Crocheting is NOT exclusive and limited to grandmothers, spinsters or closet crafters. I’m nowhere close to any of those categories but I did start on a wonderful journey into the world of crocheting.
It is a fantastic way to de-stress and the resulting product could be a one-of-a-kind, saleable, giveable item or just simply a pretty framed accent on an otherwise boring wall or a conversation piece Christmas tree ornament.
The interesting part is that this Do-It-Yourself (DIY) tutorial on crocheting is done with pull tabs of canned drinks. You can find “Crochet a Flower With Pull Tabs” on http://www.escamastudio.com/how_to.html and while you’re there, read about this social enterprise based in California and Brazil whose mission is “to create innovative on-trend fashion accessories while promoting sustainable development through trade.”
I like this site because it proves that even in this day and age of self-preservation and unabashed commercialism, social enterprise can both be a profitable activity and a socially-conscious endeavor.
Escama Studio partners with workers and producers living in underprivileged communities who make these lovely products, focusing on sustainable initiatives and programs that help community enterprises earn decent livelihoods and encourage a sense of responsible productivity.
In seven steps, artisan Eumary Moura Alves Novaes Pinto shows you how to crochet a flower using recycled materials like pull tabs and turn out a beautiful artwork piece.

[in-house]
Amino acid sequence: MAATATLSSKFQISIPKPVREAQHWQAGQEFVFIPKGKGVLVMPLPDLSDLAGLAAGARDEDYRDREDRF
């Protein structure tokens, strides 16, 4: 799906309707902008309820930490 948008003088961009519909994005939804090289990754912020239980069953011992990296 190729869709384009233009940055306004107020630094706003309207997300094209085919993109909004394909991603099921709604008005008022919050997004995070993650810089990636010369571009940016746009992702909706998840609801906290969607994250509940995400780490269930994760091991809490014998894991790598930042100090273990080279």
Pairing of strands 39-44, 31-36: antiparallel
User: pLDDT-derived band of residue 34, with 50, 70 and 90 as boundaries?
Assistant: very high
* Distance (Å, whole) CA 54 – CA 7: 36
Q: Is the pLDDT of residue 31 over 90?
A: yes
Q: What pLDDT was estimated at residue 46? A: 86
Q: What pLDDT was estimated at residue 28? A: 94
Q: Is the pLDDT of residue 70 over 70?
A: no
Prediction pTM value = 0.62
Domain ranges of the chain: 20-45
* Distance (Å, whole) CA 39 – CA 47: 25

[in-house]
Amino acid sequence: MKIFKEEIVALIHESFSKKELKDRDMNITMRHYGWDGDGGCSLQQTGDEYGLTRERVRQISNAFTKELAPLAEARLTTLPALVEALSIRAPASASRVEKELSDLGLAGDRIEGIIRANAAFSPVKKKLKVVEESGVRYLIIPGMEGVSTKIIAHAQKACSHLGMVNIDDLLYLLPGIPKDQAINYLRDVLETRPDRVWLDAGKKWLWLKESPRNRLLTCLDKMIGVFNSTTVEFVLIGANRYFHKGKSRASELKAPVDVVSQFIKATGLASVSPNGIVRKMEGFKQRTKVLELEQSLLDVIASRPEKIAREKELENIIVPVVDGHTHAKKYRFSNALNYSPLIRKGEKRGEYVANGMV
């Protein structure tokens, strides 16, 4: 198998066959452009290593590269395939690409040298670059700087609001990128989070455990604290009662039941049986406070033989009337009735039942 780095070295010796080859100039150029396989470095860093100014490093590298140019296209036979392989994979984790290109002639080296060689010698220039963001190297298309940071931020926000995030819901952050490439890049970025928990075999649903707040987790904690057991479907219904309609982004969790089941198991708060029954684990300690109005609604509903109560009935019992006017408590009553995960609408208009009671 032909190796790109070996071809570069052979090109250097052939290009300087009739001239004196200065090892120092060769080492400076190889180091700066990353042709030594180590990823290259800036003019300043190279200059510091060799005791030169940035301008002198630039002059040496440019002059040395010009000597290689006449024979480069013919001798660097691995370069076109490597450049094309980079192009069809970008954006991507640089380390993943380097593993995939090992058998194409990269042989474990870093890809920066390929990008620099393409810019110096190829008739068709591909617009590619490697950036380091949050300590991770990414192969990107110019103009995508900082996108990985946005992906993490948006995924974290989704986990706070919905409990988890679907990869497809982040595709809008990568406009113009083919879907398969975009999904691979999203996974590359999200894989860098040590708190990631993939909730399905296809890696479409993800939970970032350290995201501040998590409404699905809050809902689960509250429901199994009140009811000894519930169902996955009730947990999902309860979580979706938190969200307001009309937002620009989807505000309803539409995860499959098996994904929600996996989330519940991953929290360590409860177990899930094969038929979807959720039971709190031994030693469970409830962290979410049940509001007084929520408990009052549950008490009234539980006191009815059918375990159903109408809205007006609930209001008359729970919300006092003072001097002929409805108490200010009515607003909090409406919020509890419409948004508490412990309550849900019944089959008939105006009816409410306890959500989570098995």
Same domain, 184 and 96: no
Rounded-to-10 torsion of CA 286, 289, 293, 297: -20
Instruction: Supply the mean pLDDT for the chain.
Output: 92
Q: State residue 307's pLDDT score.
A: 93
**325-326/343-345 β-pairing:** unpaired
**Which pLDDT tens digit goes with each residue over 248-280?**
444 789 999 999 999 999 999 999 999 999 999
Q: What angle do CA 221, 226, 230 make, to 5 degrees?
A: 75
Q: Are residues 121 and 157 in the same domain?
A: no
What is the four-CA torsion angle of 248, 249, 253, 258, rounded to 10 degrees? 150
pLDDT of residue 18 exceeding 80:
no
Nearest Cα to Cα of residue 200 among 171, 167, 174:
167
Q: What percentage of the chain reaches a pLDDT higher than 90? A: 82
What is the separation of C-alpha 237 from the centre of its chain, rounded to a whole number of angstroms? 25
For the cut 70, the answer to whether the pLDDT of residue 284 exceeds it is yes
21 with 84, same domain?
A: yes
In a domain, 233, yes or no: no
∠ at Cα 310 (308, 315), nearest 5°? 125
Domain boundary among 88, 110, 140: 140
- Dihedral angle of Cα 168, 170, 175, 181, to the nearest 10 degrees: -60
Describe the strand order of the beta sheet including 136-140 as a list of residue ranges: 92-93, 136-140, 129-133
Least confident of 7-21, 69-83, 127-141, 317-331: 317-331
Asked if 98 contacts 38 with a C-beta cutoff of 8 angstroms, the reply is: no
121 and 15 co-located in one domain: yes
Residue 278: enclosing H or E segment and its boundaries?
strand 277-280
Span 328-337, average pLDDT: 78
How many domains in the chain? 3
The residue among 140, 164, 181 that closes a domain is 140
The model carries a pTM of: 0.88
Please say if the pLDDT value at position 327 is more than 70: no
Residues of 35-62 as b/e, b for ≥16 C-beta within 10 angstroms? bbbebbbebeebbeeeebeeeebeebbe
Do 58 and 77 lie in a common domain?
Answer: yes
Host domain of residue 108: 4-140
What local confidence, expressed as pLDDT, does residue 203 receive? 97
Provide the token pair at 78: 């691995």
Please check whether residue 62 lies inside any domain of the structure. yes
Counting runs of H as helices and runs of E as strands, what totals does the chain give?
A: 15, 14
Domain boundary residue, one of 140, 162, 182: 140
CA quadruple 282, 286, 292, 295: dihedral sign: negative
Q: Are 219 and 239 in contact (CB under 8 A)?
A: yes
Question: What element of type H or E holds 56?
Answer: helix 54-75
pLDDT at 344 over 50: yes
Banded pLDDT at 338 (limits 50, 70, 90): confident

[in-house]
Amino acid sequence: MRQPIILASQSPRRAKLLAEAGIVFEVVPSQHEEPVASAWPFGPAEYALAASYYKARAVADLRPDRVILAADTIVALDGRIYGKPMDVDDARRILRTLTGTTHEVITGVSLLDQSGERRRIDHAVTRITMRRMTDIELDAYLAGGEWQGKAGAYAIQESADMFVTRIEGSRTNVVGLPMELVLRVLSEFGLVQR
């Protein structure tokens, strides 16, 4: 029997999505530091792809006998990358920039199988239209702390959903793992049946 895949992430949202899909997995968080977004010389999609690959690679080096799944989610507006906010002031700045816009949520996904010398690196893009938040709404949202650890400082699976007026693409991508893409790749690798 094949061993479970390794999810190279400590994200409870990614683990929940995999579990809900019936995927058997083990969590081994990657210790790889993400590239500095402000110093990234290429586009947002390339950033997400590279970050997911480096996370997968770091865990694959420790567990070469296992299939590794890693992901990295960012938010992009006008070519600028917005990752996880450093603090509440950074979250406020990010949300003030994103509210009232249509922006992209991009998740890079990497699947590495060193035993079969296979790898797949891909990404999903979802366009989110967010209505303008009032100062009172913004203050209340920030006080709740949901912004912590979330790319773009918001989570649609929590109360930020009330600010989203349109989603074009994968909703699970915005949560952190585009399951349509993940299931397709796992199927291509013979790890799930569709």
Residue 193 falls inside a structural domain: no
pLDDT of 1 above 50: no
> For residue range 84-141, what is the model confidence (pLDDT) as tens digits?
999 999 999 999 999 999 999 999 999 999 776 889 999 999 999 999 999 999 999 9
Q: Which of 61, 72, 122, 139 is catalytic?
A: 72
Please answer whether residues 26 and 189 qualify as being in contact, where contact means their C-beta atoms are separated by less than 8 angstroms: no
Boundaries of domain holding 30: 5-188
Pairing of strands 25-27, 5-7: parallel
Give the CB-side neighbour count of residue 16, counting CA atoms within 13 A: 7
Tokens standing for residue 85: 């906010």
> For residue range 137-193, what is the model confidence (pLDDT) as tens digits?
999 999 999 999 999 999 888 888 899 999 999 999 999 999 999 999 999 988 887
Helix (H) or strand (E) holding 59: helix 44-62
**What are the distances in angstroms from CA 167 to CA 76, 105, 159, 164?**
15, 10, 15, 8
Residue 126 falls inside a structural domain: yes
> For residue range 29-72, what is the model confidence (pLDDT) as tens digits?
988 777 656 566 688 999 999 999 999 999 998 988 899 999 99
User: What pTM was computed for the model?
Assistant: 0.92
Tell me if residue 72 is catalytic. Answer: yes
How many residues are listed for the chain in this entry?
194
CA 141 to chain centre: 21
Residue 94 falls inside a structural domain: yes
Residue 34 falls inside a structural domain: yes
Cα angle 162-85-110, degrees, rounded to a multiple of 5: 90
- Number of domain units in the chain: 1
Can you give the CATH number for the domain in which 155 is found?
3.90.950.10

All you need are strong synthetic fiber crochet threads in two colors (I chose aquamarine blue and apple green), a lighter, a pair of scissors, wire cutters and a crochet needle (get number 3) and you’re all set. You can do no wrong if you follow Eumary Moura’s DIY tutorial exactly as she has laid it out.
And another thing I like about this DIY tutorial is the fact that the crocheted pull tab flowers are washable. Just make sure your threads are non-abrasive and fade-resistant.
You can go one notch higher than your normal creative level and crochet a pop top necklace using, again, pop bottle tops and a few basic tools such as a nail clipper and an emery board. Check out their website http://www.escamastudio.com and see the finished product yourself.
Oh, by the way, they actually hold the patent for this design. So who says that only Cartier can make one-of-a-kind collectible accessories? Resize it and you have an equally eye-catching and durable bracelet to match your necklace.
Honestly, this site has caught not only my attention but has me wanting to start a project like theirs in my community and even in my city.
All of a sudden there’s this burning desire to genuinely help sustain lives and not just hand dole-outs to these communities. I don’t know how desperate I sound right now, but I do urge you to visit their website and go through their inspirations for vests, hats, dresses and pet clothes, all made from pop tops.
This website has given me more than a few hours of reading pleasure. It has given me encouragement to try a vastly different, if a little quirky, way of doing things and helping others at the same. I can’t say it enough.
Visit http://www.escamastudio.com and discover how ordinary men and women with their extraordinary desire and courage to have better lives and become better people start out with what they have, what they know and what they do best.